Fox’s Abernethy: Get Rid Of Any Station Cap
With the FCC contemplating setting a new ownership cap for TV stations, Fox Television Stations CEO Jack Abernethy today made the case for no cap and criticized other broadcasters who want to maintain a cap of some kind out of their own “self interest.”
“The best thing for our business would be full relaxation of ownership restrictions,” he said in accepting Broadcasting & Cable’s Broadcaster of the Year Award at the TVB Forward Conference.
What’s more, he said, it is also the best thing for employees and consumers. “Arguments to the contrary are defensive, self-serving, misinformed or a combination thereof.
“Only with size and scale can we have a chance to deal with the many challenges we face against competitors with no such restrictions.”
Scale will accelerate needed progress in audience measurement and targeting, automation and in the rollout of the new ATSC 3.0 broadcast standard. “Only with a few well-funded players can these get the clarity they require.”
He rejected the argument that industry consolidation will lead to less news competition and diversity. “That is ridiculous; just the opposite is true.”
As Fox has added stations, he said, it has expanded news and become increasing competitive in its markets. “When we added the San Francisco station in October of 2014, they were doing eight hours per day of local news. Now they are doing 12 — all of them No. 1. At nighttime, when most stations do one half hour, most of our stations do 90 minutes or more.”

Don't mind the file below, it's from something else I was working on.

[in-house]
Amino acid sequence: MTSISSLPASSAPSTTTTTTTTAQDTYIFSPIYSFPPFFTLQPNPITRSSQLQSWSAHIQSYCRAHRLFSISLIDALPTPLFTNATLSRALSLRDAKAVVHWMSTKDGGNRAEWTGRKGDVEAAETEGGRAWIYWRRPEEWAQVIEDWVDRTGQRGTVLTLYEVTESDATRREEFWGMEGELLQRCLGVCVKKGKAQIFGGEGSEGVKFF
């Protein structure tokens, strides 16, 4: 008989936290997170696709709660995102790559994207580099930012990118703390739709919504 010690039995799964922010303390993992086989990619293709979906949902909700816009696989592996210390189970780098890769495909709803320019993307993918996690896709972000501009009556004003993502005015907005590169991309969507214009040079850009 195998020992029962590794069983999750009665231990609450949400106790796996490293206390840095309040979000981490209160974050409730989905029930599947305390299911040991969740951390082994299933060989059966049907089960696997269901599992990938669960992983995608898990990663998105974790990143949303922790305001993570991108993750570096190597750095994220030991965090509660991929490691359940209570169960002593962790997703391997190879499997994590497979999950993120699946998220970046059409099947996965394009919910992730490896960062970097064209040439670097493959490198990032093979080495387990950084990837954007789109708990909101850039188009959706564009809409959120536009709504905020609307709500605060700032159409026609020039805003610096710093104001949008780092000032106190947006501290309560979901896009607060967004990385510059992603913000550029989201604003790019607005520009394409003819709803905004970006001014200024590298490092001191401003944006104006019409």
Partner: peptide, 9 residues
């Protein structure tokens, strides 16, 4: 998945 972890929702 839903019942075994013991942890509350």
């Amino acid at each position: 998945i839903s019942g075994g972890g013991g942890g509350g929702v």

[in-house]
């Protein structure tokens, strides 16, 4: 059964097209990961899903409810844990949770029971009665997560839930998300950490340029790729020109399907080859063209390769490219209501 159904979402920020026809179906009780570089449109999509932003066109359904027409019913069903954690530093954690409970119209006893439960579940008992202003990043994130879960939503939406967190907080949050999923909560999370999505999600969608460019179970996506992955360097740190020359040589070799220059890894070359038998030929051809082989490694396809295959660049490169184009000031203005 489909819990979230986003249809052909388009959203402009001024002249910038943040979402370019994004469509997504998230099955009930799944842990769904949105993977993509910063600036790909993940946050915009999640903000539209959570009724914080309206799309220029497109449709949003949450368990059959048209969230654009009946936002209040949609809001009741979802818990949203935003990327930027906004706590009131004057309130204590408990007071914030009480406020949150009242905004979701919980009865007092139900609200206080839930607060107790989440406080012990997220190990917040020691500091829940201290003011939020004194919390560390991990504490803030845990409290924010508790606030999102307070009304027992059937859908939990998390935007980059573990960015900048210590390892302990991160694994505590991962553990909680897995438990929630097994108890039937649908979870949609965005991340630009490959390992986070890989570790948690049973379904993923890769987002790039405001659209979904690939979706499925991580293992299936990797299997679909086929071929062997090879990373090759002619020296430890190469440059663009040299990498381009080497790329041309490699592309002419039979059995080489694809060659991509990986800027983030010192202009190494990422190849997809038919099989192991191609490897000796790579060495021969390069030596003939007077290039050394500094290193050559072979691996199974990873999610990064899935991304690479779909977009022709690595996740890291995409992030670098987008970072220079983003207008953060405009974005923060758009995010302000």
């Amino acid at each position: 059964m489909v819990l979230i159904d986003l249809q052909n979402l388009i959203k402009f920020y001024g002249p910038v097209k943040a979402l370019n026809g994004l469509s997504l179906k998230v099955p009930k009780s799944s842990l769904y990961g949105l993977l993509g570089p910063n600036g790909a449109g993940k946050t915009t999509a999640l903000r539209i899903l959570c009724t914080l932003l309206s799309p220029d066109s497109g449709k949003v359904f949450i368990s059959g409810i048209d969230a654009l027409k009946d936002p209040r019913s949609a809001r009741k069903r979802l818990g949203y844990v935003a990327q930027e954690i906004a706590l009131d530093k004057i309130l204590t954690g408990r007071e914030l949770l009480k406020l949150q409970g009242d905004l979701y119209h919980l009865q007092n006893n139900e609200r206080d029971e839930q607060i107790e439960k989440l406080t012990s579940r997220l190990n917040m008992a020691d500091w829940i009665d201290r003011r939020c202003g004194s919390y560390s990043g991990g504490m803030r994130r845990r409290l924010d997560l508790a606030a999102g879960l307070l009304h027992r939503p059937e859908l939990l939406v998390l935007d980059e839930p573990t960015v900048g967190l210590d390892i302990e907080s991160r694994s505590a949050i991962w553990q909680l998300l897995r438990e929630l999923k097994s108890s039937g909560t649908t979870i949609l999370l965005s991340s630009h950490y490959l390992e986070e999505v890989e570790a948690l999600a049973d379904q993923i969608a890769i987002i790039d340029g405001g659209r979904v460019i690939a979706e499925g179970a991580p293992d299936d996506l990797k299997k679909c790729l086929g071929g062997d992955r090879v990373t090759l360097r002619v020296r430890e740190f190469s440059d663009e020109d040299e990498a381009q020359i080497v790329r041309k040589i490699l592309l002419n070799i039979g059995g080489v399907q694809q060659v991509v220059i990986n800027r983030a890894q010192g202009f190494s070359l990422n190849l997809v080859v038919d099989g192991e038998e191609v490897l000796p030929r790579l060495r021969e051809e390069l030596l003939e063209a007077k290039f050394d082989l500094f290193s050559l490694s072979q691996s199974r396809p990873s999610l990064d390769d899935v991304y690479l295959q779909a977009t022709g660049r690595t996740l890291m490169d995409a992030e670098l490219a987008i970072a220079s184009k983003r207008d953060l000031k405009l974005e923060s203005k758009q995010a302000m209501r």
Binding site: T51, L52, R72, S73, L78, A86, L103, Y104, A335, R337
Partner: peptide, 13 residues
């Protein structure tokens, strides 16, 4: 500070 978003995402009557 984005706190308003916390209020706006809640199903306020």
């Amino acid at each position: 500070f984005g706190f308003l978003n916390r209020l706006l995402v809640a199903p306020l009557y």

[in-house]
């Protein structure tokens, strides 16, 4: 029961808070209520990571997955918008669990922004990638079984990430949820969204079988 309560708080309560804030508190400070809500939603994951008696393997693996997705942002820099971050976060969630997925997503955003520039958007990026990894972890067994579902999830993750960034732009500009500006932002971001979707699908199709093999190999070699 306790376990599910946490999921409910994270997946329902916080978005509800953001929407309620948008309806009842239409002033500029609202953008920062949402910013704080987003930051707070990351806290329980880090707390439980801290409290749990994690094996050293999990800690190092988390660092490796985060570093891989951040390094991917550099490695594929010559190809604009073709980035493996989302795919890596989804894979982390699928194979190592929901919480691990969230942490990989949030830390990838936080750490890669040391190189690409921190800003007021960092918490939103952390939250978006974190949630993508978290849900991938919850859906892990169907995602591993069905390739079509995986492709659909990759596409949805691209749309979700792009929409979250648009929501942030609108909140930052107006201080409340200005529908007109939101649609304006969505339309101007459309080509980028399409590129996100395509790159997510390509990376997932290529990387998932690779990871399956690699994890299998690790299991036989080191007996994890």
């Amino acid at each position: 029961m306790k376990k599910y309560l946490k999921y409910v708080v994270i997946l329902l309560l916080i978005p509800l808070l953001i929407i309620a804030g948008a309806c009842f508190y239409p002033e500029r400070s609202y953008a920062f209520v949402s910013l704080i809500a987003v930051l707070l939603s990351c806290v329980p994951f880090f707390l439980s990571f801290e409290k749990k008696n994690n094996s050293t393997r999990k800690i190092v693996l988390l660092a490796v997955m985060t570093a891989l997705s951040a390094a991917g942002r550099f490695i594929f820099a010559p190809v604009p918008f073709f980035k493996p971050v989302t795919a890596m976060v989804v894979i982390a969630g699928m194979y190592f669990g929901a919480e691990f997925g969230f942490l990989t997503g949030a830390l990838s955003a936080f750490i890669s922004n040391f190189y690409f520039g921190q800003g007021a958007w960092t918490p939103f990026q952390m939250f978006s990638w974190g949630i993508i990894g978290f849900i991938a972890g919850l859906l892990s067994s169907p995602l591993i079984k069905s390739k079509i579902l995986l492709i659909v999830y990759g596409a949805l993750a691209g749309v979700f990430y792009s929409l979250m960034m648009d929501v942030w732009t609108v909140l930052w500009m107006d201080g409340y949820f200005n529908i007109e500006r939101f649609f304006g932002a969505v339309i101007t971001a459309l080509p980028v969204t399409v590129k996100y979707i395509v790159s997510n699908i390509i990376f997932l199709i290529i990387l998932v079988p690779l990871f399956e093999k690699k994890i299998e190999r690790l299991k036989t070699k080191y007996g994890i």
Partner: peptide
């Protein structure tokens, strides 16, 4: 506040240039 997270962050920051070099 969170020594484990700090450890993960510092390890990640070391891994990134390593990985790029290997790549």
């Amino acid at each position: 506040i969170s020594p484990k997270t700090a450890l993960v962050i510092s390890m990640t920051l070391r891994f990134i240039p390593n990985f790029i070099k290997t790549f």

Abernethy said that Fox’s size also allows the group to try different formats with diverse talent. He cited The Isaiah Factor Uncensored in Houston, The Jason Show in Minneapolis, The Q in Philadelphia, Free 4 Al lin Dallas and Like It or Not in Washington.
Abernethy’s comments come as the FCC is weighing relaxing or eliminating the cap, which now restricts groups to roughly between 50% and 78% of TV homes depending on each group’s particular mix of VHF and UHF stations. The cap varies by group because, in calculating reach, the FCC discounts UHF coverage by half.
Abernethy chided other broadcasters that are not rallying around the no-cap option. “Each of us is reflecting a near-term view of what’s in the best interest of our equity holders,” he said. “So, it’s, ‘I like where I am so let’s keep things as they are, or I should be able to get bigger but not you. Or, let’s not let an affiliate group get too large, or everyone can grow except for the O&O groups.’
They argue for caps at different levels — 39%, 50%, 78%. “Discount, No Discount. All arbitrary. All driven by self-interest.”
Abernethy also shared his view of what makes a broadcaster — integrity, accuracy and community service.
“[A] broadcaster guards his/her reputation and values it. With billions of dollars transacted essentially without contracts, the broadcaster knows that their word must be good because the client will be back during the next cycle.
“The broadcaster also understands that they have an obligation to their community, both in covering the day-to-day operations and, of course, during emergencies and disasters like the unfortunate one we just had in North Carolina.
“Thirdly … accuracy is everything. There are no compromises — in reporting the news, in billing. What we promise to advertisers, we deliver. No blaming algorithms or ad ops or the IT guy or just plain ignoring it. We stand accountable to our clients and we will take that obligation to any and all platforms we occupy in the future.”